NS&I sees a £600m dip in new savings account deposits… but Premium Bond sales continue to grow
- NS&I pulled in just £172 million in October from interest-earning accounts
- This is less than one-tenth of the £1.8 billion that flowed in during August
- However, in October, savers still put a further £207 million into Premium Bonds
National Savings and Investments (NS&I) has registered a major slowdown in savers opening new accounts.
The Government-backed bank pulled in just £172 million in October from interest-earning accounts, latest figures show.
It’s a huge drop from £801 million a month earlier, and less than one-tenth of the £1.8 billion that flowed in during August.
Out of favour: National Savings & Investment pulled in just £172m in October, latest figures show – a huge drop from the £801m the previous month
Money is pouring out of NS&I savings accounts while sales of its Premium Bonds continue to climb. In October, savers put £207 million into Premium Bonds, where balances now stand at £119.3 billion.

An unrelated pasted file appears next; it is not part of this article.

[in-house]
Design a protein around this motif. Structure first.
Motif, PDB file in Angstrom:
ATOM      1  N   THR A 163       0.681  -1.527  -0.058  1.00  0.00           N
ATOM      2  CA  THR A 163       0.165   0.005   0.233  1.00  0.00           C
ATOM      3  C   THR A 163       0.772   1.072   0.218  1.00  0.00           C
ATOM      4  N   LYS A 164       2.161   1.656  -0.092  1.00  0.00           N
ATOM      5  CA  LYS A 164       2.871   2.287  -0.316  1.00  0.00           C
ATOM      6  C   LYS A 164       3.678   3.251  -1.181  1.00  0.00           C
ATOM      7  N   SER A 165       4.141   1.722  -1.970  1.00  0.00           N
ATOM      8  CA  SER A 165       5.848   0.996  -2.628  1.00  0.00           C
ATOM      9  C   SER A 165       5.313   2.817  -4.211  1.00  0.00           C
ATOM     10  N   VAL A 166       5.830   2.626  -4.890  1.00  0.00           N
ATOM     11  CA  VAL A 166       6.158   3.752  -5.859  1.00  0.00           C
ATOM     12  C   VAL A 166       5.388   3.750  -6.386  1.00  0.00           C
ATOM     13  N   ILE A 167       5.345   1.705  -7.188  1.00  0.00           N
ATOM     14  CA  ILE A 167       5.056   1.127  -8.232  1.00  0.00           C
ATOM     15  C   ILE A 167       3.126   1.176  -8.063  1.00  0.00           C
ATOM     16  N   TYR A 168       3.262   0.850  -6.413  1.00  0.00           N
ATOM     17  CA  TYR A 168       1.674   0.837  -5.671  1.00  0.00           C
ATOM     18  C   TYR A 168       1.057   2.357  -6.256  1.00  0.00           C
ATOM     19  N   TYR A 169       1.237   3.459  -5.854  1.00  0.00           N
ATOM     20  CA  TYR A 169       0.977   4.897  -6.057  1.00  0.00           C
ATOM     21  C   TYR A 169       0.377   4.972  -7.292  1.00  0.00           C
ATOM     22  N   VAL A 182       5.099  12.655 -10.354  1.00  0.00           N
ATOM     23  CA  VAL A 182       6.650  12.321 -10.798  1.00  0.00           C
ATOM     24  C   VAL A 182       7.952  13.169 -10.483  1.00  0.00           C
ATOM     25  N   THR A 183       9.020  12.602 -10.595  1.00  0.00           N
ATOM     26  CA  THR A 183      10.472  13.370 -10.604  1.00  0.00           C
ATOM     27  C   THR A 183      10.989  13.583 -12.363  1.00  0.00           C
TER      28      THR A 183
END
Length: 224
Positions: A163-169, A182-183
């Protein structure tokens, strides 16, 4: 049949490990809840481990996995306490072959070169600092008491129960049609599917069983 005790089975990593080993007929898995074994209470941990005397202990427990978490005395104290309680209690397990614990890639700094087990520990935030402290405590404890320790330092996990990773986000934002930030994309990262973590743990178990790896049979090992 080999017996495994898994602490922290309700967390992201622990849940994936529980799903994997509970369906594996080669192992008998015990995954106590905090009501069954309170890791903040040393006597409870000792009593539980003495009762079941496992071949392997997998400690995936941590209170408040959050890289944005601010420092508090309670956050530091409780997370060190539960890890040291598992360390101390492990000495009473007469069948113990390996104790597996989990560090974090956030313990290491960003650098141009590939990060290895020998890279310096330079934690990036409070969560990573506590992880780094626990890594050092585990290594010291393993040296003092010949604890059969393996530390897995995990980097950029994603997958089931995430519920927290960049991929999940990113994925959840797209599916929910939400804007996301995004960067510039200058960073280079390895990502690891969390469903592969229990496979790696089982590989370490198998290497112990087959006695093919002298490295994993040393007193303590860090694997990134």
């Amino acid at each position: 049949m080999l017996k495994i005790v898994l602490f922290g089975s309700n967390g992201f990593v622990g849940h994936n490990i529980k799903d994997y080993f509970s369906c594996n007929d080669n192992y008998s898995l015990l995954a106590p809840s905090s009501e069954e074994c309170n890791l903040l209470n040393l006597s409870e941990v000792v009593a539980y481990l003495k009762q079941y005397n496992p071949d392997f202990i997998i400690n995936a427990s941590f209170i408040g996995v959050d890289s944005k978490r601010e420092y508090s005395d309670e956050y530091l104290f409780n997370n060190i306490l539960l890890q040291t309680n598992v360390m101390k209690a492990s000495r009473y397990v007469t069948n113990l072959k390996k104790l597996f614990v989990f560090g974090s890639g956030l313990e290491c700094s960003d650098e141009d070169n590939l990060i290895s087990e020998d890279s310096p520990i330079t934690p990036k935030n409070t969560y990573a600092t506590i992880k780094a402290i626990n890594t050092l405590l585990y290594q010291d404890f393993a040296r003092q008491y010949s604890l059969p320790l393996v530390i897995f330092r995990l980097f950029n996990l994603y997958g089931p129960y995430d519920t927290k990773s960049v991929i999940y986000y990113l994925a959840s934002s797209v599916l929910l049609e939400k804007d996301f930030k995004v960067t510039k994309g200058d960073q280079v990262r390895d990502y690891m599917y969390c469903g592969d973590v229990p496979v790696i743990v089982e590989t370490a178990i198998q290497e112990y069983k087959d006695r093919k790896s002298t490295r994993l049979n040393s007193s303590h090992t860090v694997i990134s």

Some £35 million came out of its other savings accounts, since rates are poor compared with the offerings from other banks and building societies.
NS&I last increased rates in October and has offered savers nothing more following the latest base-rate rise. Its second-most popular account after Premium Bonds is its easy-access Direct Saver.
Available online or by phone, it pays 1.8 per cent — well below the 2.81 per cent top online easy-access account from Al Rayan.
Kent Reliance’s account, available online or by post, pays 2.47 per cent, while you can get 2.3 per cent with Scottish BS.
NS&I’s Direct Isa pays 1.75 per cent. You can do better with Scottish BS at 2.5 per cent, Kent Reliance at 2.43 per cent, or Skipton at 2.25 per cent.
NS&I Income Bonds pay 1.8 per cent, with interest paid monthly. At Coventry BS online you can earn 2.85 per cent as long as you make no more than six withdrawals each year.
Kent Reliance pays 2.44 per cent on its easy-access account, which you can open online or by post. The NS&I postal Investment Account pays a paltry 0.4 per cent.